Who Is Driving The Supply Chain Digitalization Roadmap?

By Pierfrancesco Manenti | August 03, 2018 | 0 Comments

Supply ChainBeyond Supply Chain

I recently conducted a digital supply chain roadmap workshop with a global high-tech organization that was attended by the CSCO and the supply chain leadership team. The meeting started with a representative of supply chain strategies sharing a summary of the most relevant, ongoing digital initiatives impacting the supply chain. It was an impressive list of initiatives touching every corner of the end-to-end supply chain.

The CSCO and the supply chain team were impressed, but they weren’t aware of all those initiatives impacting their supply chain. Individual supply chain functions drove some of the initiatives, while others were driven from outside the supply chain — from IT, sales and marketing, and R&D. Lack of orchestration and coordination among those initiatives was evident. The CSCO wasn’t in the driver’s seat.

CSCO, the Driving Force for Digital Supply Chain

This situation is still common across many organizations, but recent survey results suggest CSCOs are progressively taking the lead on supply chain digitalization. Those successful do so by creating an ad-hoc Center of Excellence (COE) for supply chain digital innovation.

In our Team of Tomorrow 2018 Survey, we investigated aspects of supply chain organizational structure and talent requirements in the light of digitalization strategies. I was especially longing to get results from one question: Who Is Driving Supply Chain Digitalization?

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The picture that emerges from survey results is typical of a transition time, with three different, yet equally important approaches:

  • For 30% of organizations, digitalization is not a matter of supply chain. Even when it’s impacting supply chain, it is the chief information officer (CIO), chief digital officer (CDO), chief technology officer (CTO) or others who are driving it.
  • 30% of businesses take a siloed approach to digitalization, allowing it be driven by the needs of individual functions rather than by an overall digitalization roadmap for the benefits of the end-to-end supply chain.
  • In the greatest chunk of respondents, or 40%, the CSCO drives an end-to-end supply chain digital roadmap directly, or in partnership with the CDO, CIO or CTO.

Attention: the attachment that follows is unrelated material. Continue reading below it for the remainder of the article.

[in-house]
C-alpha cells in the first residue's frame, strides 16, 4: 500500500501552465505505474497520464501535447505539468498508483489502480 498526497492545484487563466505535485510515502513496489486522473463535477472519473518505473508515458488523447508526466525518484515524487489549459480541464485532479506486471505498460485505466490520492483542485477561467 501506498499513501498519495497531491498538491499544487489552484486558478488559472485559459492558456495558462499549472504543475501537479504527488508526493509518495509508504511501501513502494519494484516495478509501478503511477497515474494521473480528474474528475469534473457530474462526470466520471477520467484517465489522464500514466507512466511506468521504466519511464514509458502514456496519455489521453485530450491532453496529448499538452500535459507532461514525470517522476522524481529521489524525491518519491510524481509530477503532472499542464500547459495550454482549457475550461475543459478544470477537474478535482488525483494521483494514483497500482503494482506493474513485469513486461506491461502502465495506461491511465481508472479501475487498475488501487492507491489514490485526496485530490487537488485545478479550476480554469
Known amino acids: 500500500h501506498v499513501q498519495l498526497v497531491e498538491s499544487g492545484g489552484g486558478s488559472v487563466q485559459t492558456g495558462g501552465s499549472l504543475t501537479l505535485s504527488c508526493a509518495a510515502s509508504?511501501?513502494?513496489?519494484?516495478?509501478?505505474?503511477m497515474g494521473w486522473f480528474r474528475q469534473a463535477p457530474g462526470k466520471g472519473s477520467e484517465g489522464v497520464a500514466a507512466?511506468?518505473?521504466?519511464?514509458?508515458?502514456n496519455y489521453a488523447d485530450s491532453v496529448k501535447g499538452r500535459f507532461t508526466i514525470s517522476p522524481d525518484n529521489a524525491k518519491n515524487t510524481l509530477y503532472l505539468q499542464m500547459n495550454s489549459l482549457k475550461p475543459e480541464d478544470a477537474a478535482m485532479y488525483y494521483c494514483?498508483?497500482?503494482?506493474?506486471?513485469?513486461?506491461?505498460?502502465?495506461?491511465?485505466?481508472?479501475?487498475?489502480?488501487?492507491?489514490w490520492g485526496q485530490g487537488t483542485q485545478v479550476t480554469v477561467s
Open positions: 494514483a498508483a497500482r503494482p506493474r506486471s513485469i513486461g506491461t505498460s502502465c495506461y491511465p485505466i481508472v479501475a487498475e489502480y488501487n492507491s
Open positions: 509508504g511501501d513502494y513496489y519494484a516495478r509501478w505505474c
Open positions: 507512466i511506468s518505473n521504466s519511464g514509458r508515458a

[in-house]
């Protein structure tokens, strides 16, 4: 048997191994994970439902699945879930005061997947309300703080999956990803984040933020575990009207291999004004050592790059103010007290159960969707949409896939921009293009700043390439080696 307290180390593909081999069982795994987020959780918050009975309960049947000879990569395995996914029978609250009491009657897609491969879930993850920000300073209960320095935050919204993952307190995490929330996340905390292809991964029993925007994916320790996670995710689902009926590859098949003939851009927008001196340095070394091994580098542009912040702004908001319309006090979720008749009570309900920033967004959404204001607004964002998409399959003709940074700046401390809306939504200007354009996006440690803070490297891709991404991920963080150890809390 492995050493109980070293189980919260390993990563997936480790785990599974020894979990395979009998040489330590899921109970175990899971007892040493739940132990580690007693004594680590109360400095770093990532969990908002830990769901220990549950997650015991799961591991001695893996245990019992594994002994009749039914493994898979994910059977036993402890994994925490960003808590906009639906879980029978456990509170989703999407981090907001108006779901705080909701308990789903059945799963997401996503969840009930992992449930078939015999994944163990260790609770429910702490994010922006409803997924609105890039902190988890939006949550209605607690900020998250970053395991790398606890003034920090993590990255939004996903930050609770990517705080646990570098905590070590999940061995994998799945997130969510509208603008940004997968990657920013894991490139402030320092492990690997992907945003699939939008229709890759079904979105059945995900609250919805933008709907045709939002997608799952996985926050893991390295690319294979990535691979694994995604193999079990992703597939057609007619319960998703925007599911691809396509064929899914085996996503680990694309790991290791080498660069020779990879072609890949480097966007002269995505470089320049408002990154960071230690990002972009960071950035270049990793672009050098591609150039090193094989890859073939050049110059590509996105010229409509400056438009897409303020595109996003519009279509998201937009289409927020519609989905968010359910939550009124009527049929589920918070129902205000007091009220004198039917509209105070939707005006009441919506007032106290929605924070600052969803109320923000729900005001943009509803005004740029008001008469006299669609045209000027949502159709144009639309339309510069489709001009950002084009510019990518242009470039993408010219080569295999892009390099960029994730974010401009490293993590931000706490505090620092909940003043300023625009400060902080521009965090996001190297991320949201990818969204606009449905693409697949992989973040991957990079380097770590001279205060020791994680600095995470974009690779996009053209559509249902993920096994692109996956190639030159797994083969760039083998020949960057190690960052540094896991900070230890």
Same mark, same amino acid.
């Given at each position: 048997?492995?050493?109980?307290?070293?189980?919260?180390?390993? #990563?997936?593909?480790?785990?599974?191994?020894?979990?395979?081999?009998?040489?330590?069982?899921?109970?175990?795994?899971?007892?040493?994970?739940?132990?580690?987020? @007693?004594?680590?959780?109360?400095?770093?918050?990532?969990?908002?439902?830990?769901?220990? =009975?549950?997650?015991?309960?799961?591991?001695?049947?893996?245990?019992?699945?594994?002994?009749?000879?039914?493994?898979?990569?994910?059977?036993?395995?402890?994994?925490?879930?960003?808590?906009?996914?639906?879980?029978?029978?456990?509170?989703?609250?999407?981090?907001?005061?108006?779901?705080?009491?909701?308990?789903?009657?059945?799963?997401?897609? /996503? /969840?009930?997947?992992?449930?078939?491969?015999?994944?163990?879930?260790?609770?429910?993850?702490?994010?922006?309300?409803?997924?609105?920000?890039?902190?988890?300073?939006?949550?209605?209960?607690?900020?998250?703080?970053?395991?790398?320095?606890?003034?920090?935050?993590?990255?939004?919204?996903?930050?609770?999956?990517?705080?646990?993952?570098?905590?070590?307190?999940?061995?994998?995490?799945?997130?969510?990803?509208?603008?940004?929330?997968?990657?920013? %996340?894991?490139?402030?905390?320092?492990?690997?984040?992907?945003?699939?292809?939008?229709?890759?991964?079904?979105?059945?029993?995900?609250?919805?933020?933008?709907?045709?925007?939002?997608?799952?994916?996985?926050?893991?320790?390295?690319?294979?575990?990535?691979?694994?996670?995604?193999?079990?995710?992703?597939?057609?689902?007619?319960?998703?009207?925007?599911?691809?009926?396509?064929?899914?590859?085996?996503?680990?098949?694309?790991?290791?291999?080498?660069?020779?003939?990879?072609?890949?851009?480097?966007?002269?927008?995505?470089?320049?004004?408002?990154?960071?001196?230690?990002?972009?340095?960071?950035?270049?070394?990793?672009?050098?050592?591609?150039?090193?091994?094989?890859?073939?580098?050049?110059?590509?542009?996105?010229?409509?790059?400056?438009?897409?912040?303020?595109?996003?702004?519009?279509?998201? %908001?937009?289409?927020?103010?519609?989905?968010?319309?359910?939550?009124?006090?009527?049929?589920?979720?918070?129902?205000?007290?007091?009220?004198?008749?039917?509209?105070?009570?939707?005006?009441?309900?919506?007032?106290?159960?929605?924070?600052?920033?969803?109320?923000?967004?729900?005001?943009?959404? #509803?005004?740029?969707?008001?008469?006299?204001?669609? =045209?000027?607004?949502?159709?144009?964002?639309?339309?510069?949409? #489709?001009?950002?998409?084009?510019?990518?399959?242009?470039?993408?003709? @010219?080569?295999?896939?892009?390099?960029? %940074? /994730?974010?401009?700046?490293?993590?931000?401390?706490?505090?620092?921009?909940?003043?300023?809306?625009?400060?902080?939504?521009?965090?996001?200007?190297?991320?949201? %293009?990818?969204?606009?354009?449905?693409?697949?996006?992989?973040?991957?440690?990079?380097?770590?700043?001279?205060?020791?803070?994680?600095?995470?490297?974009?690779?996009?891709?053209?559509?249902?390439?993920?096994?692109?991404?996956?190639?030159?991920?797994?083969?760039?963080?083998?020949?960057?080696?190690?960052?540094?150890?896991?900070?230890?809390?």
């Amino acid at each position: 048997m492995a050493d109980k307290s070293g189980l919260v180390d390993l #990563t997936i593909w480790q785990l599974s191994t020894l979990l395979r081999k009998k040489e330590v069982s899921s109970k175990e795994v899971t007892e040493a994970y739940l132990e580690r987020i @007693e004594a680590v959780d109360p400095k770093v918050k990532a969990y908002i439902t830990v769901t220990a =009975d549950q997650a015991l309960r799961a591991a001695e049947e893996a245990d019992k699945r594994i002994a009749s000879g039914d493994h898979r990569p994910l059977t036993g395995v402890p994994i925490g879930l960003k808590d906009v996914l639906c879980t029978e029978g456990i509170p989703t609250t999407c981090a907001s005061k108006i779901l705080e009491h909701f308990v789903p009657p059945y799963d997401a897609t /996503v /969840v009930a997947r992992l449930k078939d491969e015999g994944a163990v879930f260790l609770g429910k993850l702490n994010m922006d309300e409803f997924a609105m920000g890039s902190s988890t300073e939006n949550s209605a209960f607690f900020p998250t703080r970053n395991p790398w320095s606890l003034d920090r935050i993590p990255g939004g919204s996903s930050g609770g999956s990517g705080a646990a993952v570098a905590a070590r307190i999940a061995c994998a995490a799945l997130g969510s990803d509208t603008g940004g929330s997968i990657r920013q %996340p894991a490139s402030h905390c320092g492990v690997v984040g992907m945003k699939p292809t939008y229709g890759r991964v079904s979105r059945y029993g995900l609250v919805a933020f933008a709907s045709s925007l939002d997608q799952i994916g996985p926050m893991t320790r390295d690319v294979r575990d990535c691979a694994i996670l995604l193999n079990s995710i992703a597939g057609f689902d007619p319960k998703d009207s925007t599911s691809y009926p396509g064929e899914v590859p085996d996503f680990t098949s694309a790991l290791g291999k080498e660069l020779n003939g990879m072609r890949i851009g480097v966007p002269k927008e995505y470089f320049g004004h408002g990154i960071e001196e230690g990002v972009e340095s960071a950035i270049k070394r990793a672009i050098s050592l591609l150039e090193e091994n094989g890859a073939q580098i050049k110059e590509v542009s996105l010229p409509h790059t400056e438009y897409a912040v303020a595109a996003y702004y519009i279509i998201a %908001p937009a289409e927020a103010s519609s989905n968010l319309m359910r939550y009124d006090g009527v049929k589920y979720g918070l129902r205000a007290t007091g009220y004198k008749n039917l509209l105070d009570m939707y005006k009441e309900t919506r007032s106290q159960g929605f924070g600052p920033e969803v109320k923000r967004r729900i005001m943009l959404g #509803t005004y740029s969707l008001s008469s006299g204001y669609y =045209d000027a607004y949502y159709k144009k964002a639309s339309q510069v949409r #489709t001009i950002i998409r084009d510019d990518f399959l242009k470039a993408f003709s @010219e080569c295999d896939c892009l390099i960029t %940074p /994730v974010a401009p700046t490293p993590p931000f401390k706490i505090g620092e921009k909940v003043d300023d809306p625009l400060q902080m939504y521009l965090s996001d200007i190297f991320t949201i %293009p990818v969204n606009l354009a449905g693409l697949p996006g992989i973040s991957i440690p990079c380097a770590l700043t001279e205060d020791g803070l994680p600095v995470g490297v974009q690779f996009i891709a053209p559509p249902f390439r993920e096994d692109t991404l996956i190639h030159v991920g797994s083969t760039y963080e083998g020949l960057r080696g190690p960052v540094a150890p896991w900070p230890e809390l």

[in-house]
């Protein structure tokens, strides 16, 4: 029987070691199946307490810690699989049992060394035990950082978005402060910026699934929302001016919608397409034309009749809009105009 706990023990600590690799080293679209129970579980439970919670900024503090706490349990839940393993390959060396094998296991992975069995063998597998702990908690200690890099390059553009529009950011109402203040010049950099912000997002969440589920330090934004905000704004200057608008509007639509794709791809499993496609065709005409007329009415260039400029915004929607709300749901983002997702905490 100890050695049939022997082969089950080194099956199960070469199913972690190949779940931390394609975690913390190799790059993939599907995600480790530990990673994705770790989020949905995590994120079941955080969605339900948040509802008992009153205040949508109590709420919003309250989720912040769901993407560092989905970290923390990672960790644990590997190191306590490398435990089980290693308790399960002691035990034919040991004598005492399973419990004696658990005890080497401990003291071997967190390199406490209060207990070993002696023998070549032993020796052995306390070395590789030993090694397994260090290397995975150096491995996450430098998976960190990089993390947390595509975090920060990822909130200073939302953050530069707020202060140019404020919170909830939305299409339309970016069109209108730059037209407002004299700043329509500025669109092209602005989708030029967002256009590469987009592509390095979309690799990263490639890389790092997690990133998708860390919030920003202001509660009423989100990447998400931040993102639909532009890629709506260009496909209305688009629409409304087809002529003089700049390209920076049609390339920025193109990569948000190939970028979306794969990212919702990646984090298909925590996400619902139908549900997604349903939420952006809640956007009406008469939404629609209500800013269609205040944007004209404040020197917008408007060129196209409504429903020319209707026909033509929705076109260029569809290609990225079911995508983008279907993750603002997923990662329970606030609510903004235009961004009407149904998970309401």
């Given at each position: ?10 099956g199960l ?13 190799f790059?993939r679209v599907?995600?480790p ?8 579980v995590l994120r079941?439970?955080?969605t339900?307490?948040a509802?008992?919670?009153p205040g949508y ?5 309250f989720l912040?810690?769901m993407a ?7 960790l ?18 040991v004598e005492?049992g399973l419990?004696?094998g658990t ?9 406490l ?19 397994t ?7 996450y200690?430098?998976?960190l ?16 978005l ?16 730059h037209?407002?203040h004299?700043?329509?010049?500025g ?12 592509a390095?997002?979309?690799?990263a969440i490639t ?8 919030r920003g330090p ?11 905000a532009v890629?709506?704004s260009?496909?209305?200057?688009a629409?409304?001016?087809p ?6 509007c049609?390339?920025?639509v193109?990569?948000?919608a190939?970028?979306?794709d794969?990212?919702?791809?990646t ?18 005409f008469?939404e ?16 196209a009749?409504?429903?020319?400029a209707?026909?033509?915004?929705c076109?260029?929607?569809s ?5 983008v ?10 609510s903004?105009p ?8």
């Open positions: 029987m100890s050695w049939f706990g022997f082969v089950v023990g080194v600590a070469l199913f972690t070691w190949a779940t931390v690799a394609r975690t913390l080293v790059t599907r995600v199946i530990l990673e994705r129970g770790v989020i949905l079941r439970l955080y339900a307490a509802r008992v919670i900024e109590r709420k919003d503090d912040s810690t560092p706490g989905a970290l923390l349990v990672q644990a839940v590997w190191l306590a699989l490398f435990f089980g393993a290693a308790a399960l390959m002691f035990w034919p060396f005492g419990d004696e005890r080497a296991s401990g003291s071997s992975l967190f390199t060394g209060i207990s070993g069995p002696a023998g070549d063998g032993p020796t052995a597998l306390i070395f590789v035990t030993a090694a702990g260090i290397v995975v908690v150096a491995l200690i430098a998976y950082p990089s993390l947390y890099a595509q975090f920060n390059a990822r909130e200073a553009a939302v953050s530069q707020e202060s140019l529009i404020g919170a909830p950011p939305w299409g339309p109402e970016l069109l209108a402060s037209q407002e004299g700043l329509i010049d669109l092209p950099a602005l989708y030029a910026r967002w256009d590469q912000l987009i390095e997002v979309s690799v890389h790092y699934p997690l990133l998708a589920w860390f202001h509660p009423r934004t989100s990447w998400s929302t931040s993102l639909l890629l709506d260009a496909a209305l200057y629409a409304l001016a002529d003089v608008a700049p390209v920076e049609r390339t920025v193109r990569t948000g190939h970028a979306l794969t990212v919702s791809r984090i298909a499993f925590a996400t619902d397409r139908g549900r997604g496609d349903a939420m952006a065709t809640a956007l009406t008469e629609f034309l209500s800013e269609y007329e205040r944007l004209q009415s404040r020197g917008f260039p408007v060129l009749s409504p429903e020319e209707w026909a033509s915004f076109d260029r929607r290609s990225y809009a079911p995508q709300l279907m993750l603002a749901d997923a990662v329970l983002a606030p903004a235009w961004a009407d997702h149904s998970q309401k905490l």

By digging further into survey data, a clear trend appears: the more mature the supply chain digitalization, the more CSCOs are in the driver’s seat. Nearly 50% of companies with an advanced level of supply chain digitalization have their CSCO driving the digital roadmap.

Center of Excellence for Supply Chain Digital Innovation

CSCOs cannot create a digital roadmap on their own. Survey data show that CSCOs from the most digitally advanced supply chain set up a COE to support the roadmap:

  • Cisco – The company’s Supply Chain Transformation team plays a critical role in enabling the supply chain to adapt rapidly to the changing needs of the business. With digitalization becoming one of the core drivers for Cisco’s supply chain strategy, the team is essential in driving the digital journey. This team’s goal is to ensure that Cisco’s supply chain is able to capture the values that digital technology offers, while the company transforms its products, business model, operations processes, systems and policies.
  • Schneider Electric – The company’s Global Supply Chain (GSC) organization created a multidisciplinary, centralized lab called Center of Digital Innovation (CODI) to incubate new ideas and bring digital technologies to the supply chain team quickly. CODI allows for small, focused teams to address supply chain digital projects with a minimal amount of bureaucracy, thereby accelerating digital innovation. In 2017, CODI identified 111 new digital opportunities, tested and evaluated 45, and ran proof of concept on 25 projects.

Successful COEs report to the CSCO directly, but members do not have operational supply chain responsibilities. They must have the time to create a roadmap, without being caught up in day-to-day issues. This isn’t any supply chain team: members must feel comfortable trying things that might fail. They must celebrate learning from failures. Their mindsets must be about seeking innovation rather than optimization. This is a cultural revolution for supply chain and CSCOs must drive by example.



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